I am using Drush (8.0.3) on my Drupal 8 site (8.0.3) to check for updates, but Drush is not checking for updates of any modules that I checked out the dev branch for.

$ drush @mysite ups --check-disabled 
Checking available update data for Drupal.                                  [ok]
Checking available update data for Address (address).                       [ok]
Checking available update data for CloudFlare (cloudflare).                 [ok]
Checking available update data for Commerce (commerce).                     [ok]
Checking available update data for Composer Manager                         [ok]
Checking available update data for Chaos tools (ctools).                    [ok]
Checking available update data for Domain Registration                      [ok]
Checking available update data for Entity (entity).                         [ok]
Checking available update data for Google Analytics                         [ok]

I have dev branches of the following modules:

  • Inmail
  • SMTP
  • Rules
  • Several others not in the list above

Now I have some idea about what may be wrong: I am using Pantheon for my site, and I added these modules to composer.json, then ran composer update to install them. For dev modules, this adds .git repositories for each dev module.

I then committed all this to Pantheon, which gave me a message about not supporting submodules. I ignored this message because I could still install the modules on Pantheon, but I now suspect that either this or installing via composer has somehow busted Drush for me.

How can I get Drush to also check for updates to the dev branches of modules installed by composer?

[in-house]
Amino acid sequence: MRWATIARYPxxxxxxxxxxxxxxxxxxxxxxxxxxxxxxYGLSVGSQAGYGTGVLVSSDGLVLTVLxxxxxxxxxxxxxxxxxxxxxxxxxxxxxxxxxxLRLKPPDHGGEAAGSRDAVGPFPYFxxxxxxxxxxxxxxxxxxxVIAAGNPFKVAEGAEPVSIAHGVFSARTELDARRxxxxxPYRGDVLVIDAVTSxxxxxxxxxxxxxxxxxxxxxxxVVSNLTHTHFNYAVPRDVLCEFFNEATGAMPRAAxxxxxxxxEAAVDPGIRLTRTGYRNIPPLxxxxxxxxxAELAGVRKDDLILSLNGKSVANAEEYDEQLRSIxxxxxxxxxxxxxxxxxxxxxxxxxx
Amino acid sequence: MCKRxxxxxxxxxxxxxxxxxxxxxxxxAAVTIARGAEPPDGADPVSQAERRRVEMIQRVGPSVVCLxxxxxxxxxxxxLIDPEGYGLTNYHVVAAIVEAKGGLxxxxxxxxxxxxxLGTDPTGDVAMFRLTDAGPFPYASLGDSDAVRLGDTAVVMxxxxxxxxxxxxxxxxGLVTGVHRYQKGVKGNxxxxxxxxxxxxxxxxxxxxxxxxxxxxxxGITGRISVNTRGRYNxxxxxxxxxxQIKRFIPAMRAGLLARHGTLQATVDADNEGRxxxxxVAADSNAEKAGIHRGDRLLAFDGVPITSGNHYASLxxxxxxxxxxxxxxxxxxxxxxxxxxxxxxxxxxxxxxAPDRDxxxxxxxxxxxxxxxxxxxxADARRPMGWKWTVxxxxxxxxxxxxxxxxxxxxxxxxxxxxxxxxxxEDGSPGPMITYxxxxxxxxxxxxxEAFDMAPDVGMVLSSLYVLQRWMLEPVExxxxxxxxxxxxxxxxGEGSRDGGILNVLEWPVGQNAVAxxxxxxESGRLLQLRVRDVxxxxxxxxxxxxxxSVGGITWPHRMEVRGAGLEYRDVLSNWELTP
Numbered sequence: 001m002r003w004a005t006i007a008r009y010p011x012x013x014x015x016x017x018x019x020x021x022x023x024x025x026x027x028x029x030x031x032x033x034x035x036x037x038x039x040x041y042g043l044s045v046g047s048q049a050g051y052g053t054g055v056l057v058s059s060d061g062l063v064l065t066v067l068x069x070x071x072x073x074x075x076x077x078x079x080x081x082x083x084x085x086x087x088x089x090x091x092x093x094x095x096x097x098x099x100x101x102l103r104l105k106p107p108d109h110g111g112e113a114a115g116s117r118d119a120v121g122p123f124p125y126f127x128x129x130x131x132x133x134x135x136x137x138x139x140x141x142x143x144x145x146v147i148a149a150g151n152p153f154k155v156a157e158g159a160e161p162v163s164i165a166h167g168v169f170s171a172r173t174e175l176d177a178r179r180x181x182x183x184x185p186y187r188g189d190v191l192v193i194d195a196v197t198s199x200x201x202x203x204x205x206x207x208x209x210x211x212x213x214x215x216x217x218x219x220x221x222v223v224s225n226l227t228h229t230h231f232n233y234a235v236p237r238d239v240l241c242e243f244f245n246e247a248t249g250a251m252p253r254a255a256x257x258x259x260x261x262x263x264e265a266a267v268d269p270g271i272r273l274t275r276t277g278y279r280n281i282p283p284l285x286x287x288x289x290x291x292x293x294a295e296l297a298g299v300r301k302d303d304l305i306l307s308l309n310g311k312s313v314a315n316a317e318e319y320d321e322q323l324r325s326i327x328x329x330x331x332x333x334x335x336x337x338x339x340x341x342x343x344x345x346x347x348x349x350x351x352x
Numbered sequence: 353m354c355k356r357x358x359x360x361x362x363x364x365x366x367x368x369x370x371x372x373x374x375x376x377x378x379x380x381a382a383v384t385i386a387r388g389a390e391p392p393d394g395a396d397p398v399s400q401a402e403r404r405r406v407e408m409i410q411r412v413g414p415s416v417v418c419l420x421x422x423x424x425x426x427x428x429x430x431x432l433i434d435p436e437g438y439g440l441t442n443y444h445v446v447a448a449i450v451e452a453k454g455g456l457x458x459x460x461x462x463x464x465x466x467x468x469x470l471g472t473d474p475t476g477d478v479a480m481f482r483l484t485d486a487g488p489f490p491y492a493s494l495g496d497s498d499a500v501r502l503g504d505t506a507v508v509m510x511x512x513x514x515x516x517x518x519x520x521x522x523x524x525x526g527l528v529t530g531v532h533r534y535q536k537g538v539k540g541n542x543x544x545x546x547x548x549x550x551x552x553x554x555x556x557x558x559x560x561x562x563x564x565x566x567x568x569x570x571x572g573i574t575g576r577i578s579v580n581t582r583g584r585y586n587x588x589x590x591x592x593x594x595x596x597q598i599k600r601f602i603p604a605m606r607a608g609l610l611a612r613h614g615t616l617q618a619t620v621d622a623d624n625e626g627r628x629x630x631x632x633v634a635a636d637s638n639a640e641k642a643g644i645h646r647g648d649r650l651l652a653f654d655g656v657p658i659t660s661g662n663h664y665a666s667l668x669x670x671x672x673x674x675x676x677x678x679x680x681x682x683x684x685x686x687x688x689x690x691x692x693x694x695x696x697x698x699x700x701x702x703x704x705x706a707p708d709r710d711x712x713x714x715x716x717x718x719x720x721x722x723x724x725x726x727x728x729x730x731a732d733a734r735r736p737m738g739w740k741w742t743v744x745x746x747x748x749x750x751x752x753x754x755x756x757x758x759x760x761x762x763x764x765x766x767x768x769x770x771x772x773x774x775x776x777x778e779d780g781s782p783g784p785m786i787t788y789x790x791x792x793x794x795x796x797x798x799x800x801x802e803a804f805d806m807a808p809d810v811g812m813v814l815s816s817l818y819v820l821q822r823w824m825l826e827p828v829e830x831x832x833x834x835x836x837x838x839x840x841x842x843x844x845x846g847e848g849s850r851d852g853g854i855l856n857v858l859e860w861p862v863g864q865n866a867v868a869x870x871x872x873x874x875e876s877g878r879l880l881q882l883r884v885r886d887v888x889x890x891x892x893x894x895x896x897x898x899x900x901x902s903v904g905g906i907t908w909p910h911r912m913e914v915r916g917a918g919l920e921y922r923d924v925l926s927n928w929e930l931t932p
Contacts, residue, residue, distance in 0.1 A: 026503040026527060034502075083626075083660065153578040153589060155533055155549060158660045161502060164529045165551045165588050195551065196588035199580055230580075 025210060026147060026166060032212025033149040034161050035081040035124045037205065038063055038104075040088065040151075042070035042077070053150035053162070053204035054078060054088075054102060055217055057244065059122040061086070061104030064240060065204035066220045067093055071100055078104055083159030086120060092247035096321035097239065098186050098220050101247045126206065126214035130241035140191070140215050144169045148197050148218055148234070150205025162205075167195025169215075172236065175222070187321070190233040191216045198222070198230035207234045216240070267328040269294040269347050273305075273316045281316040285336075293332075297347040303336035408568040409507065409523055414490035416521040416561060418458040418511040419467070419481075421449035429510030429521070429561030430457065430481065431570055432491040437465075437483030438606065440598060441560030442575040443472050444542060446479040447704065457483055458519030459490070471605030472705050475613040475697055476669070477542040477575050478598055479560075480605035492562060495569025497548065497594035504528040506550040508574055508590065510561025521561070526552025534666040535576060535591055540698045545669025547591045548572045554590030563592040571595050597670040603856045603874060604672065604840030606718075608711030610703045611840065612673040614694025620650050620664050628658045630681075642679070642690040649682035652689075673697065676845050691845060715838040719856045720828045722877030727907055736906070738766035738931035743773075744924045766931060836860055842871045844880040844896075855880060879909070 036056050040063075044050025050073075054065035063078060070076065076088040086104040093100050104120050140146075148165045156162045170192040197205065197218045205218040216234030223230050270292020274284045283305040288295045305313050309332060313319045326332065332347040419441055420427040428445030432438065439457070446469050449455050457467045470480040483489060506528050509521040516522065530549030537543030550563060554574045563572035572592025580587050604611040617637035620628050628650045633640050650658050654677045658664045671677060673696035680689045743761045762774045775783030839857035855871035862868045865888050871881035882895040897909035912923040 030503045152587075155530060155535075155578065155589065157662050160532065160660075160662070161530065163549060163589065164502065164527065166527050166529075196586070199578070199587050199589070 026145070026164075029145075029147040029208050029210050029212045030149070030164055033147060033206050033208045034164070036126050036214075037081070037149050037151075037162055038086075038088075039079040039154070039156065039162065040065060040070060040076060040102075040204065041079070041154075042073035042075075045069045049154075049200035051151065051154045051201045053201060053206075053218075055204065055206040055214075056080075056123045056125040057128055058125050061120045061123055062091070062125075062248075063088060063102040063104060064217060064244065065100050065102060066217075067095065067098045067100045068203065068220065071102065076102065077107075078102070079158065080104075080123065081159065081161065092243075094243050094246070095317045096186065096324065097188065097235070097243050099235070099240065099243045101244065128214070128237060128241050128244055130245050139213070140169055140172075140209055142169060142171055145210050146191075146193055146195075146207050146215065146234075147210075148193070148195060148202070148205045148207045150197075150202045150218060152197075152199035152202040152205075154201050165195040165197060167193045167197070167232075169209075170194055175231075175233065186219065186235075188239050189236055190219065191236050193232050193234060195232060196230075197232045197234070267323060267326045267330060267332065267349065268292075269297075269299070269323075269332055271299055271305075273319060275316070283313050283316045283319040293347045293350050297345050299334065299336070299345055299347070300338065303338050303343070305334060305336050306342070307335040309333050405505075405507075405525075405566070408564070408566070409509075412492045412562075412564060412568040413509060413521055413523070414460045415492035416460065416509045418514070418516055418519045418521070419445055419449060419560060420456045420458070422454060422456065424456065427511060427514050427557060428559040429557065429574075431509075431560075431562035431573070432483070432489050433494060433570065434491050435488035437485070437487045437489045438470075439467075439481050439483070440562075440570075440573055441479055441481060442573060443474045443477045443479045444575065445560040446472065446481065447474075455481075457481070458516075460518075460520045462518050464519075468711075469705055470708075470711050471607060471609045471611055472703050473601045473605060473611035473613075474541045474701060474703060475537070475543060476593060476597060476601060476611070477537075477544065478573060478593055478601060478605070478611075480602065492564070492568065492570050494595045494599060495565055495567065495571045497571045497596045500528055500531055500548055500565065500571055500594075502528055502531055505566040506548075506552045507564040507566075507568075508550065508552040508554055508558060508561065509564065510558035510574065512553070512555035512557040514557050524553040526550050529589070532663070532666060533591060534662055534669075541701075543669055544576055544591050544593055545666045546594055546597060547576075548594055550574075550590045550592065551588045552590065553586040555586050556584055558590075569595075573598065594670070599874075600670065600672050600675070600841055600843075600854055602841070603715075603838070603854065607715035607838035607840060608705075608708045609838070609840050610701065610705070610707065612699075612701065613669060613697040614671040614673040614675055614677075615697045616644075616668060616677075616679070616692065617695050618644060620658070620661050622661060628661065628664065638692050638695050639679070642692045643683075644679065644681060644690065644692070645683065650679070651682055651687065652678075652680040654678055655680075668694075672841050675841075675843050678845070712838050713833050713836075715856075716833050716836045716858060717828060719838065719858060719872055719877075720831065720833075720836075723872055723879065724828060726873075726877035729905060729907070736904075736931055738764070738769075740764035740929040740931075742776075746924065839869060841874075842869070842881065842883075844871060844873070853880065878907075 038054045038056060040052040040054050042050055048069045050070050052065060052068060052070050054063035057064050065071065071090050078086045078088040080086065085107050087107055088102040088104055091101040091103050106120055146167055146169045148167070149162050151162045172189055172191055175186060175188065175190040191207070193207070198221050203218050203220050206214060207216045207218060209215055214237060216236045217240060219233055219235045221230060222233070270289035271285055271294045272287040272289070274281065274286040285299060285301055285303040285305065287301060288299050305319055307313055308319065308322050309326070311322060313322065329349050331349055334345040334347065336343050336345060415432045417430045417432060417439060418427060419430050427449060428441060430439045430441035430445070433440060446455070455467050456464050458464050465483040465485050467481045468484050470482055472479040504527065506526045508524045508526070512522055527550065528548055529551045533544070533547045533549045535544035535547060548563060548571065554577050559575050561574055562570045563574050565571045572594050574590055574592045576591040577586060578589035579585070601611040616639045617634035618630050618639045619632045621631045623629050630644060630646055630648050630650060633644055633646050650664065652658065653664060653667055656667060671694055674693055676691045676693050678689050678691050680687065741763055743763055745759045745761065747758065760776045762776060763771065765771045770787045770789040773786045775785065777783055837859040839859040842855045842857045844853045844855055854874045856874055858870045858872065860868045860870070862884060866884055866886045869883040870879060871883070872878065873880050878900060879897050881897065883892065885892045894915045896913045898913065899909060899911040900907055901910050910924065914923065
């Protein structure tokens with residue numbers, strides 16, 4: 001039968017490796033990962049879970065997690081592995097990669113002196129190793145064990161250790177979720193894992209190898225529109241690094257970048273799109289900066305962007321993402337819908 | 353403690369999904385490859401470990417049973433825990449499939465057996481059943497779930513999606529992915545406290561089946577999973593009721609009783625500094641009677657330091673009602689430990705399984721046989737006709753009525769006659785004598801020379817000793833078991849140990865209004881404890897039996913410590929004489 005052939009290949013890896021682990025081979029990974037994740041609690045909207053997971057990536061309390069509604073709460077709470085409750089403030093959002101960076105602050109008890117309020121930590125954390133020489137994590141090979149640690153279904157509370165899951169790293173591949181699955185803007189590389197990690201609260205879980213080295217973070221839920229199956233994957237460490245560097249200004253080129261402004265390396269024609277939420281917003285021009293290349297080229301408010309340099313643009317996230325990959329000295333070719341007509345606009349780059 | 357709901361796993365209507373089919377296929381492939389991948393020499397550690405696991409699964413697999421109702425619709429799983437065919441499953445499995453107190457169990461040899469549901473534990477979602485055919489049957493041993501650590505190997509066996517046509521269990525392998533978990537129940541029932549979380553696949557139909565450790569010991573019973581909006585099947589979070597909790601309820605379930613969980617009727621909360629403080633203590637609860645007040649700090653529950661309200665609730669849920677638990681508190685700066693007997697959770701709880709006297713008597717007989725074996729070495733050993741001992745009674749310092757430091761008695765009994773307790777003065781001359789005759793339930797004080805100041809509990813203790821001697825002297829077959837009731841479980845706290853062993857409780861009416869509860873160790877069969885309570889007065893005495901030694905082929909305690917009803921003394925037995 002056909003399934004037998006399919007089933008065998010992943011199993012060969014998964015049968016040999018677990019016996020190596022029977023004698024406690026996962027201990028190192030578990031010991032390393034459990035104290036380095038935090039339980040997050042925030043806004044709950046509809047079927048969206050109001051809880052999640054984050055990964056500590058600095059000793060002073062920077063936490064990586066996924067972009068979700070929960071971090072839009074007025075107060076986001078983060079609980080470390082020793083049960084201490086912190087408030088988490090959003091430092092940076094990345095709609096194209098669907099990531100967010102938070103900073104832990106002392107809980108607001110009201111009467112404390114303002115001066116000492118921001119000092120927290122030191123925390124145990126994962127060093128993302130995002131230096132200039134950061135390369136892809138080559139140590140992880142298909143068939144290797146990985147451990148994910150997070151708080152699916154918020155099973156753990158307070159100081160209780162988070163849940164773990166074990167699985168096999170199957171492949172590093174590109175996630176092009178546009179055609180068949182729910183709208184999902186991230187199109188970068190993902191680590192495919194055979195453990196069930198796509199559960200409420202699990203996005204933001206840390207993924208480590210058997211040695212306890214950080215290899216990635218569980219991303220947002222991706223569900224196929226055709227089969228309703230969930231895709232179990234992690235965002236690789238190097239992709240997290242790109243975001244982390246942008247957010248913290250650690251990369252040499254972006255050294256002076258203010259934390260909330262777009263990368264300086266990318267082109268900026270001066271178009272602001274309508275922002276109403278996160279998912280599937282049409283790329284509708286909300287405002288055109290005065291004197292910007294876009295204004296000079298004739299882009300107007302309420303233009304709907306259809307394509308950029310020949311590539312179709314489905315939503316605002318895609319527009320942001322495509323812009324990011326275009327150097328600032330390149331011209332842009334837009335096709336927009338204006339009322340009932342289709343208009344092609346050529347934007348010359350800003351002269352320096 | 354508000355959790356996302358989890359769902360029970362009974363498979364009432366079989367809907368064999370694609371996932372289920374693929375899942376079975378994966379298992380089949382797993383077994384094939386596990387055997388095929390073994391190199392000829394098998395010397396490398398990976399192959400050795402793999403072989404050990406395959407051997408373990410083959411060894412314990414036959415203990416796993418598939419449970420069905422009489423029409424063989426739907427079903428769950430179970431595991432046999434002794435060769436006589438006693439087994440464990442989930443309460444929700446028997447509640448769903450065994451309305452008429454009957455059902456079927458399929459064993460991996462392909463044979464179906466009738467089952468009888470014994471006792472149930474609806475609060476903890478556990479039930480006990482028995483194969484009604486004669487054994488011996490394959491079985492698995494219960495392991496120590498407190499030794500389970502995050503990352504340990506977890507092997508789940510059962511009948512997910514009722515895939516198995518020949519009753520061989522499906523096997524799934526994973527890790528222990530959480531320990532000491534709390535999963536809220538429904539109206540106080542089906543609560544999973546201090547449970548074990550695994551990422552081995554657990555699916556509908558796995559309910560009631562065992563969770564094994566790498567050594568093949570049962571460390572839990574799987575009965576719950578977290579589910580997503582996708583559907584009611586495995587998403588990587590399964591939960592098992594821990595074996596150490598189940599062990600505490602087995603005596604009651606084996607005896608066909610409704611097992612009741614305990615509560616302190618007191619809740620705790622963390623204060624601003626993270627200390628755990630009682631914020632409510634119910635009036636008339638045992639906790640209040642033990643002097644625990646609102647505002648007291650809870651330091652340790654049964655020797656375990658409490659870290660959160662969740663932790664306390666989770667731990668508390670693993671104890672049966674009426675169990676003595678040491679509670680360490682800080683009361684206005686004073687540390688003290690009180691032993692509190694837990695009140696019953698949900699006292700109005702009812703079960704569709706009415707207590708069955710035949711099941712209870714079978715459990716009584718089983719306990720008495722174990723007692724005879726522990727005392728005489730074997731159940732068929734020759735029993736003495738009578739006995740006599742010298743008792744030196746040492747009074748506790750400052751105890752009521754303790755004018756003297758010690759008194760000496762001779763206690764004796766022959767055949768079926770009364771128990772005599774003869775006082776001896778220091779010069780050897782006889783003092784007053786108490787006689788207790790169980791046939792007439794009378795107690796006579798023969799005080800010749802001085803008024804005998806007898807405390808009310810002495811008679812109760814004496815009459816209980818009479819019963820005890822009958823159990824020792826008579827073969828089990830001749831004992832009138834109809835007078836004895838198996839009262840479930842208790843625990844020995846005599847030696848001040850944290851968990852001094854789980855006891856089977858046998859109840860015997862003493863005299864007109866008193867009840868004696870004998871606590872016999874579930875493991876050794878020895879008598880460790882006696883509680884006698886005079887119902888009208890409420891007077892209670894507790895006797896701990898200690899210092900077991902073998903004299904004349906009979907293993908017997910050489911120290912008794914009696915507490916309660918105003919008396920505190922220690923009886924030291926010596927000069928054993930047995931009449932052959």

2 Answers 2


Drush relies on information written by the Drupal.org package manager to determine whether or not updates are needed to modules or core.

If you use git to install Drupal modules, then you may also use the git-deploy module, and it will add the information needed for Drush to do the update. Git deploy also works for modules installed via Composer using git; Composer uses git to install when using the --prefer-source directive, or when the module version installed is a development version.

If you use the Composer option --prefer-dist, then Composer will install the tarball packaged by drupal.org, which is why git-deploy is not needed in most cases for stable modules.

Note that there is a bug in git-deploy that prevents it from working when the path to the Drupal root contains spaces. There is a patch to fix this problem available in the git-deploy issue queue; see #2672166.


If you are using Composer, why do you even need to use Drush to check for updates? You can just run composer update and it will automatically pull updates in.

(This is not the definitive answer, but it occurs to me I could take this approach since I only update modules from my local dev machine anyway.)

  • 1
    It is useful to use Drush to check for updates even when using composer because drush pm-updatestatus produces a nice report that identifies security updates from non-security updates. Composer is lacking this feature. Commented Feb 19, 2016 at 16:21

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